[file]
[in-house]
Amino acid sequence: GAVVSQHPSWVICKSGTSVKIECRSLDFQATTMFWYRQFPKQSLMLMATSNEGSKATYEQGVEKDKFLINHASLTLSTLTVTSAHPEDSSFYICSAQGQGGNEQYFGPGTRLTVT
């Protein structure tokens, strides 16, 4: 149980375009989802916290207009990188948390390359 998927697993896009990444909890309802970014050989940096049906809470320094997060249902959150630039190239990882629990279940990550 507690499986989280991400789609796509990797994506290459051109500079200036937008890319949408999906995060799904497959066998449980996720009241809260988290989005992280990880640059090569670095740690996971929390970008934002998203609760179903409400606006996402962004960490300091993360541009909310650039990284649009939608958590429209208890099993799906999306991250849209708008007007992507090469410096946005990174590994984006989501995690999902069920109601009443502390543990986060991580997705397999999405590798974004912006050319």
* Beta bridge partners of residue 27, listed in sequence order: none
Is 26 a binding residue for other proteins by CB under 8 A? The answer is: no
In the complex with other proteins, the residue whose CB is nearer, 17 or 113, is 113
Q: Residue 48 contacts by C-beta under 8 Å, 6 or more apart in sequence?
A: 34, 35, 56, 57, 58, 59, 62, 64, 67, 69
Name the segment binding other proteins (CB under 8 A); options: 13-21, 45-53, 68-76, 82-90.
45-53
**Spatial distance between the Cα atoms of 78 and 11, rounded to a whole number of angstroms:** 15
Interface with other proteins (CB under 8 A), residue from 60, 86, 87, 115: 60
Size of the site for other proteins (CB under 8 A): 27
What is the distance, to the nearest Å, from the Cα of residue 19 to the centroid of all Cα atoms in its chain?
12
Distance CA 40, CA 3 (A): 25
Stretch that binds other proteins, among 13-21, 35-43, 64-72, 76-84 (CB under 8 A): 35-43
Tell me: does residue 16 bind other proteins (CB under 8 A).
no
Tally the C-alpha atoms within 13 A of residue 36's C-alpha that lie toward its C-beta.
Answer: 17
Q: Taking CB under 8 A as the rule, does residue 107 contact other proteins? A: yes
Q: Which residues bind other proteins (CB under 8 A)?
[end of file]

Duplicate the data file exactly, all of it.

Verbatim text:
[in-house]
Amino acid sequence: GAVVSQHPSWVICKSGTSVKIECRSLDFQATTMFWYRQFPKQSLMLMATSNEGSKATYEQGVEKDKFLINHASLTLSTLTVTSAHPEDSSFYICSAQGQGGNEQYFGPGTRLTVT
């Protein structure tokens, strides 16, 4: 149980375009989802916290207009990188948390390359 998927697993896009990444909890309802970014050989940096049906809470320094997060249902959150630039190239990882629990279940990550 507690499986989280991400789609796509990797994506290459051109500079200036937008890319949408999906995060799904497959066998449980996720009241809260988290989005992280990880640059090569670095740690996971929390970008934002998203609760179903409400606006996402962004960490300091993360541009909310650039990284649009939608958590429209208890099993799906999306991250849209708008007007992507090469410096946005990174590994984006989501995690999902069920109601009443502390543990986060991580997705397999999405590798974004912006050319």
* Beta bridge partners of residue 27, listed in sequence order: none
Is 26 a binding residue for other proteins by CB under 8 A? The answer is: no
In the complex with other proteins, the residue whose CB is nearer, 17 or 113, is 113
Q: Residue 48 contacts by C-beta under 8 Å, 6 or more apart in sequence?
A: 34, 35, 56, 57, 58, 59, 62, 64, 67, 69
Name the segment binding other proteins (CB under 8 A); options: 13-21, 45-53, 68-76, 82-90.
45-53
**Spatial distance between the Cα atoms of 78 and 11, rounded to a whole number of angstroms:** 15
Interface with other proteins (CB under 8 A), residue from 60, 86, 87, 115: 60
Size of the site for other proteins (CB under 8 A): 27
What is the distance, to the nearest Å, from the Cα of residue 19 to the centroid of all Cα atoms in its chain?
12
Distance CA 40, CA 3 (A): 25
Stretch that binds other proteins, among 13-21, 35-43, 64-72, 76-84 (CB under 8 A): 35-43
Tell me: does residue 16 bind other proteins (CB under 8 A).
no
Tally the C-alpha atoms within 13 A of residue 36's C-alpha that lie toward its C-beta.
Answer: 17
Q: Taking CB under 8 A as the rule, does residue 107 contact other proteins? A: yes
Q: Which residues bind other proteins (CB under 8 A)?